Don’t Treat Your Teenagers as Their Sins Deserve



Stay with me on this! Psalm 103 says that God does not treat us as our sins deserve. We have previously established that it is not good to treat your young children as their sins deserve. Instead, you are to graciously point them to bow to the authority of the King of the Universe.  Also we have established that middle children should trained in the development of godly character instead of simply having their behavior corrected.  So, this leaves us with teenagers. Are they the only ones who are to be treated as their sins deserve or does God have something different for them as well?


Problems often arise with teenagers because the biblical objectives of the two earlier training periods have not been met. The significance of God’s authority has not been established in the early years and behavior rather than character development has been the focus of the middle years. However, there is another important reason problems develop with teenagers, even if the first two objectives have been met. In this case, the problem is that parents have not developed an exit strategy for when their teenagers leave home. What is permanent in the family is the relationship between husband and wife. The children are the temporary residents in the home. When children reach puberty, they become different altogether. I am sure someone reading this is amazed at my brilliant observation! Seriously, they are the same and yet they have become different. They can now make babies, hold a job, and are no longer dependent upon you for everything. They will sin and make mistakes. The last thing they need is to be treated as their sins deserve.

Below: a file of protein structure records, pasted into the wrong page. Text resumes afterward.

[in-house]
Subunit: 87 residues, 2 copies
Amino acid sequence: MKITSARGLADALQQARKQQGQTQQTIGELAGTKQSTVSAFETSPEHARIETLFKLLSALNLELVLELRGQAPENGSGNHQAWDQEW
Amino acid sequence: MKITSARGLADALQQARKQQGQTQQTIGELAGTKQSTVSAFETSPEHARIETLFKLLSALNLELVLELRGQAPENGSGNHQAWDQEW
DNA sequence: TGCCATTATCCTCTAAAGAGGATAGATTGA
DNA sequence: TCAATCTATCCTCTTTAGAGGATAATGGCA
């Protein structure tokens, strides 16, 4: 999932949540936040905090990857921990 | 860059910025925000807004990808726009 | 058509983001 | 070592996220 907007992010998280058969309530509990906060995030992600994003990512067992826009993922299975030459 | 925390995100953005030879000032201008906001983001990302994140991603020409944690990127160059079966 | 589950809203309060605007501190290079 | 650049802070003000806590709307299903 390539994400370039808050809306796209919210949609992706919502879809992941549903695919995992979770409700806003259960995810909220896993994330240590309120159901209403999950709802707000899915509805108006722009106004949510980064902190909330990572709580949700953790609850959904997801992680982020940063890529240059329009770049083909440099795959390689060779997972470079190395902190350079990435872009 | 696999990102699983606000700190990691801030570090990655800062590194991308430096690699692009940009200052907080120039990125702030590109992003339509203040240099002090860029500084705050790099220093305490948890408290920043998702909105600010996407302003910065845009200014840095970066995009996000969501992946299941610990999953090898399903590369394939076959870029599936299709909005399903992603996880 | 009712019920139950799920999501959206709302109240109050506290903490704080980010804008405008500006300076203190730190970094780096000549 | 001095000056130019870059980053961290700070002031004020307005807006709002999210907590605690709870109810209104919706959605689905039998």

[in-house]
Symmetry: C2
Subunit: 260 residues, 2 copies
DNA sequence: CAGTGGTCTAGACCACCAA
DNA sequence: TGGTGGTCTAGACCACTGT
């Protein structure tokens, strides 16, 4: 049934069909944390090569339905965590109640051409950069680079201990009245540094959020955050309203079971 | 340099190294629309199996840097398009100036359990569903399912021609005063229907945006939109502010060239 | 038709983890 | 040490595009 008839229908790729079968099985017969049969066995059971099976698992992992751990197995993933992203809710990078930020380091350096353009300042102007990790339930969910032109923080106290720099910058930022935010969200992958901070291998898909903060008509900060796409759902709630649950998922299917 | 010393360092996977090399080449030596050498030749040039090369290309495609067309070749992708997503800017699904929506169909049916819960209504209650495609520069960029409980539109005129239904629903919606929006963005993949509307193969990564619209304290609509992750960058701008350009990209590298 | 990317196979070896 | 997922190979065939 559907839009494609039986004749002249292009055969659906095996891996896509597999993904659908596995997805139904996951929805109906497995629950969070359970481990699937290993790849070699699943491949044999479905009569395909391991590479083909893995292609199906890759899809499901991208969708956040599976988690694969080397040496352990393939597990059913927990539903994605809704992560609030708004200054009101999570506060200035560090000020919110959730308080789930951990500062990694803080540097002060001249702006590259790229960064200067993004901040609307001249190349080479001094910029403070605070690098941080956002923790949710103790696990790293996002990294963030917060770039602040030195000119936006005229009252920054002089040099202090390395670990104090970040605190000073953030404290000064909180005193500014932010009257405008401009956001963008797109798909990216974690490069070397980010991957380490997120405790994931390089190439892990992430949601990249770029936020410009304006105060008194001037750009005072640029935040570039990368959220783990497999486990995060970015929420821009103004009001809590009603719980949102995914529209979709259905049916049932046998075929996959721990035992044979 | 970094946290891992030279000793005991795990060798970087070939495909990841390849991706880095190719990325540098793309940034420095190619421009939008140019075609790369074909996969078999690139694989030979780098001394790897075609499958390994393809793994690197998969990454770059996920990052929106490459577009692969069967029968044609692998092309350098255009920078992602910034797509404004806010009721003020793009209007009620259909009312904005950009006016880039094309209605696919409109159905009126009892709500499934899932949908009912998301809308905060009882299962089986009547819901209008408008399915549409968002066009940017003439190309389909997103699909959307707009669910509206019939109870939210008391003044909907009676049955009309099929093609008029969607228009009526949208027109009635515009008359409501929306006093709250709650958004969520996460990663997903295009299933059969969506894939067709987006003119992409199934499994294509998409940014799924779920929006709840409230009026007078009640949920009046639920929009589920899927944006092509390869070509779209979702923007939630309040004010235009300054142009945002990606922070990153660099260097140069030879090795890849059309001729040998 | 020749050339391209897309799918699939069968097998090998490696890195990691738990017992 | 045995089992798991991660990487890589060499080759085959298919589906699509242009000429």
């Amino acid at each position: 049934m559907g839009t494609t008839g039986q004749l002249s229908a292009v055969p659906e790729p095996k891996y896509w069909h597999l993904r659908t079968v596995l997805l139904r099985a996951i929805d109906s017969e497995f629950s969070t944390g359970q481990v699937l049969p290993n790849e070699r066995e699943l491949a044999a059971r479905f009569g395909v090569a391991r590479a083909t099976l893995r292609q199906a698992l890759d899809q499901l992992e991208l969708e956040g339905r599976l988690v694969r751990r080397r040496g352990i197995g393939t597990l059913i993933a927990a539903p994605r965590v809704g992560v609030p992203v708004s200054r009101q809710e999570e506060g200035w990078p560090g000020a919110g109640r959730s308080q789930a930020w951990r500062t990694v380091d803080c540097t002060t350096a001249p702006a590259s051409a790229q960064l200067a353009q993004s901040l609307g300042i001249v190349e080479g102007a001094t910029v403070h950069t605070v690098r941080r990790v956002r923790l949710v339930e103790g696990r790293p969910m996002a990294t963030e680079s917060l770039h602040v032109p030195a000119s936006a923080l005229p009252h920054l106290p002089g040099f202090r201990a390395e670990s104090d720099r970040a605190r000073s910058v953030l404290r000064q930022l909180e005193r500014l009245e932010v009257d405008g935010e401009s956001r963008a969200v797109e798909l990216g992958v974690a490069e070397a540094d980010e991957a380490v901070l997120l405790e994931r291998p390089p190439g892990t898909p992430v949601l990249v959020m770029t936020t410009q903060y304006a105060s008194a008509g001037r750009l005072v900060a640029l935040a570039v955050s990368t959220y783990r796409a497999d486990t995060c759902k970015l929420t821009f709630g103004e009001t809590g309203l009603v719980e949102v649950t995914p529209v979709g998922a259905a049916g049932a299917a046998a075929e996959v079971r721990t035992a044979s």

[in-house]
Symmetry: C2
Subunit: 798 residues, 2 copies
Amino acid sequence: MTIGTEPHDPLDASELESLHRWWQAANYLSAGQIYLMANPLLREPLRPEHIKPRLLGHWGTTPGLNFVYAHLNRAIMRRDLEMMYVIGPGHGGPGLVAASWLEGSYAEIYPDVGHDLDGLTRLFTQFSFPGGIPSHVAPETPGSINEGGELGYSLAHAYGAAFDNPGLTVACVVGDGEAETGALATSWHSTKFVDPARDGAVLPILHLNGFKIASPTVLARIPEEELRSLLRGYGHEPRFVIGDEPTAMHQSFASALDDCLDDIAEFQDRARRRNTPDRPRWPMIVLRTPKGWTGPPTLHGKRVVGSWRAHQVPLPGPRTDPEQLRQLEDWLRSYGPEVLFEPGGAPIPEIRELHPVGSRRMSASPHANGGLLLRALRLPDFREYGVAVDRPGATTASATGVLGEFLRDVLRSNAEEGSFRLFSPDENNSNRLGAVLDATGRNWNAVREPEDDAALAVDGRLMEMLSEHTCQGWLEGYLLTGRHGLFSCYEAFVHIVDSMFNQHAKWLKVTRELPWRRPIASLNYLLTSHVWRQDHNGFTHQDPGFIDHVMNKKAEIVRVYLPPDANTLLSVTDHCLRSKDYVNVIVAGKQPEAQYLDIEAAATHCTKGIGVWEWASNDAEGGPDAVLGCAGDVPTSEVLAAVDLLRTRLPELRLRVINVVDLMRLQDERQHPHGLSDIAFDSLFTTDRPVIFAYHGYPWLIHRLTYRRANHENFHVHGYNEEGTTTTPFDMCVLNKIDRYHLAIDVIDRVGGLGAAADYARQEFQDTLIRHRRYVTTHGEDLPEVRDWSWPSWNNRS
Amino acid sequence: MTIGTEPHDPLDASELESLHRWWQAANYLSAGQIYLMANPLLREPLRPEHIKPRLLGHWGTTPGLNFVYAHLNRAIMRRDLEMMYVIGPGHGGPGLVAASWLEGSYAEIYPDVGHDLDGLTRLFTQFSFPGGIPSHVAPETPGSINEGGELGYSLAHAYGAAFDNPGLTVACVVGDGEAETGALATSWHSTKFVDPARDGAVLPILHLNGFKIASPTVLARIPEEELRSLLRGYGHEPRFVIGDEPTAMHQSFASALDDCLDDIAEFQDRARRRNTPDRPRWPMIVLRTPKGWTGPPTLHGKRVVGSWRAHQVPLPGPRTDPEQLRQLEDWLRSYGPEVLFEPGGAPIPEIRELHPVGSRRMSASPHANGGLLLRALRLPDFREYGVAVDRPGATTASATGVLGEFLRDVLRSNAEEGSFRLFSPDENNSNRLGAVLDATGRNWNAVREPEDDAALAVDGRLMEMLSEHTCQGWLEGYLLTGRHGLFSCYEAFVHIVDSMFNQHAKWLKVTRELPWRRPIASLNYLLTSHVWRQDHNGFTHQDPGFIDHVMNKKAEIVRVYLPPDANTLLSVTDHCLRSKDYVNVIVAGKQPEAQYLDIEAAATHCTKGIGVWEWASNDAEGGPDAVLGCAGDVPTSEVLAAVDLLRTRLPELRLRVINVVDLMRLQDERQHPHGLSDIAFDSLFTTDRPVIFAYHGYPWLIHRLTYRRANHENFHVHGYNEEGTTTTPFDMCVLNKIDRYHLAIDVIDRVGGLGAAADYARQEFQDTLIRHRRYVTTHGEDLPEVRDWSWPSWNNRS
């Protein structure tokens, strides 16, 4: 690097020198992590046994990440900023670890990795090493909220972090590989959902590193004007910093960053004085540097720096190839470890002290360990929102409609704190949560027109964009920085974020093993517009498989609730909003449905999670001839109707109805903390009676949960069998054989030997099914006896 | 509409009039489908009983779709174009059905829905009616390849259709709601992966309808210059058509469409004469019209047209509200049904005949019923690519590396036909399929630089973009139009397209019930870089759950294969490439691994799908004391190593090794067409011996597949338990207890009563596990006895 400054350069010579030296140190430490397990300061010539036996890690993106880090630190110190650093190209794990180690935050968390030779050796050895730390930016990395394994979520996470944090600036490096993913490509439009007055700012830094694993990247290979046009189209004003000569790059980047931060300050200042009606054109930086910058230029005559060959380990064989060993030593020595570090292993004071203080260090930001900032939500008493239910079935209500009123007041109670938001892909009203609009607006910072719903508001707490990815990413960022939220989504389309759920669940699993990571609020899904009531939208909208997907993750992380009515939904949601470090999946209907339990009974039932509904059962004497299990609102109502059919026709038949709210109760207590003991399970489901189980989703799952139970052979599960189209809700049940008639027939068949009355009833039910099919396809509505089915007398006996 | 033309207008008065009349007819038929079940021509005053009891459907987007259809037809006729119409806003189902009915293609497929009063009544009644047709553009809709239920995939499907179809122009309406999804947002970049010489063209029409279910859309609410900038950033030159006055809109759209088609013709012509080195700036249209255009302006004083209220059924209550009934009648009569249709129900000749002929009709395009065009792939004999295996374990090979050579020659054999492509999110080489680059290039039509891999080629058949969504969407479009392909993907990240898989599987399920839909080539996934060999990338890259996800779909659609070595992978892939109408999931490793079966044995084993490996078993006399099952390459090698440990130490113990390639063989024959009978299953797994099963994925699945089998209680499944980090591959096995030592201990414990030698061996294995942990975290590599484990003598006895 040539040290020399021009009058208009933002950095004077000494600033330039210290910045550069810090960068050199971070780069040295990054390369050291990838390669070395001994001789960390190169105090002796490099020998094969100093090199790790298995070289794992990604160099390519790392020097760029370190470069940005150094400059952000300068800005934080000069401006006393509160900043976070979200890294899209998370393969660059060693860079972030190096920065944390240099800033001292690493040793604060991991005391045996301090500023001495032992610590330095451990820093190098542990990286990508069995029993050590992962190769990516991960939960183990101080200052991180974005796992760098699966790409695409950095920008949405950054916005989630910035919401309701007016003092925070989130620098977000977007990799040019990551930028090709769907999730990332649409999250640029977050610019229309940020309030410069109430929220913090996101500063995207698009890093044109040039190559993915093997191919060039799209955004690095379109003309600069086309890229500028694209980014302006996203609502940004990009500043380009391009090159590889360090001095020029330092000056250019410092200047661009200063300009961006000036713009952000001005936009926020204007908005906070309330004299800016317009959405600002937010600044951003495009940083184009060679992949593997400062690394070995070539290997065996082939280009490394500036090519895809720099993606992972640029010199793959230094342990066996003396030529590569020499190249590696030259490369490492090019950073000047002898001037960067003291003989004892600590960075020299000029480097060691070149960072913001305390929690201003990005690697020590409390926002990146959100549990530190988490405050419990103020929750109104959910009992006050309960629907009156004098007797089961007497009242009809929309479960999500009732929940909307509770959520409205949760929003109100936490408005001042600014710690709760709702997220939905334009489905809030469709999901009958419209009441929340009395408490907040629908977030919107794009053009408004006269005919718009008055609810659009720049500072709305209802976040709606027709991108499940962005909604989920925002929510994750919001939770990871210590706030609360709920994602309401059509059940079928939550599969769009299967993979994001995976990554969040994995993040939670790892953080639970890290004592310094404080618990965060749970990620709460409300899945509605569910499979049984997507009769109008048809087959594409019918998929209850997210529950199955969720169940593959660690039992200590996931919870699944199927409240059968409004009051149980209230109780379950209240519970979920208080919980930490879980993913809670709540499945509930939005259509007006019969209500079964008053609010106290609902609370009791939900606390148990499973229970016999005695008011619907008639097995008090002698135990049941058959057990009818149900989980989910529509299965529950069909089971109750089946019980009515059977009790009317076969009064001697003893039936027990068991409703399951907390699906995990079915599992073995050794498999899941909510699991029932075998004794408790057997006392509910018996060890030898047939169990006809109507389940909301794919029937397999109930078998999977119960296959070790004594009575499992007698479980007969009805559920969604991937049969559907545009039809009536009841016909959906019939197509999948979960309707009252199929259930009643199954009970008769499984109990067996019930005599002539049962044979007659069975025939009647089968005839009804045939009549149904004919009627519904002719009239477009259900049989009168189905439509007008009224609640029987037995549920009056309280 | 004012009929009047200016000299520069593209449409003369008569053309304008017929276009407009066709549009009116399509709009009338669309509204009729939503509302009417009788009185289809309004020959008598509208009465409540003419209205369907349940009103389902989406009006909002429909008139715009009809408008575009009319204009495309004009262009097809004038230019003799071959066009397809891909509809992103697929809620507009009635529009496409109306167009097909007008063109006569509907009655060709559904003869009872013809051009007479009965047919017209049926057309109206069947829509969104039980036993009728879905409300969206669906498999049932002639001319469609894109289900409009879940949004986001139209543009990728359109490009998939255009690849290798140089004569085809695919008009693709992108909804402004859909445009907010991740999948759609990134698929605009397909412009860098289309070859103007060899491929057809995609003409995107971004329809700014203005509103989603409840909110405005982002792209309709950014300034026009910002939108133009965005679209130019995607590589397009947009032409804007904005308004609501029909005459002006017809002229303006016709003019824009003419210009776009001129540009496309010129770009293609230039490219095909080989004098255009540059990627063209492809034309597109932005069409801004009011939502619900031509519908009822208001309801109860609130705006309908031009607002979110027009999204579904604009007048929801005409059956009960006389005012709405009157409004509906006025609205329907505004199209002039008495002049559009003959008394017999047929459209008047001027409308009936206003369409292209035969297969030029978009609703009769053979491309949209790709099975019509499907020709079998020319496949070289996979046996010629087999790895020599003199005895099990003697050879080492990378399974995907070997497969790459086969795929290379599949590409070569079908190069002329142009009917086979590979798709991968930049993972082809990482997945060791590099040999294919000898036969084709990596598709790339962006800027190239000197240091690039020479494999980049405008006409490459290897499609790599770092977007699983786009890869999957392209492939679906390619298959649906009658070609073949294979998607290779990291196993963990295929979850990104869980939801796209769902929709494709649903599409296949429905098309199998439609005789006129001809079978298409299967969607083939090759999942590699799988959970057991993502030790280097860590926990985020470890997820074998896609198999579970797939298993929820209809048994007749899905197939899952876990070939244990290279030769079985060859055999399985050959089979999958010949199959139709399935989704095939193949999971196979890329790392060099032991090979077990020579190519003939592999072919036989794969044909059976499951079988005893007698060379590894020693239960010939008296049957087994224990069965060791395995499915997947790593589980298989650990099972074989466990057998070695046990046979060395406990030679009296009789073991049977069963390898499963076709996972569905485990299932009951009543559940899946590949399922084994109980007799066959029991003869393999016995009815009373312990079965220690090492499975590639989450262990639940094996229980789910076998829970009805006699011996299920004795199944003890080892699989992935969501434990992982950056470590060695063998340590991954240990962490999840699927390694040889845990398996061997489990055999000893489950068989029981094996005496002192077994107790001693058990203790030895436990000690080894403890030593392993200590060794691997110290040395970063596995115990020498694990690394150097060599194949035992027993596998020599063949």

For example, suppose a friend invited you to attend a prayer meeting. You say great and ask what is theme of this meeting and what will we be praying for. Your friend looks at you with great excitement and says, “We are going to earnestly ask for God to give us what we deserve!” If I were asked to attend such a meeting I would ask where it will be held and then tell my friend that I will be as far away from that meeting as I possibly can.


No one who understands the nature of God and the depth of his own sin would dare to  ask to be treated as his sins deserve. Yet somehow, folks tend to think that is a good idea to treat teenagers as their sins deserve.


Hang on, there is more to come, but this is a start. 

Shepherd Press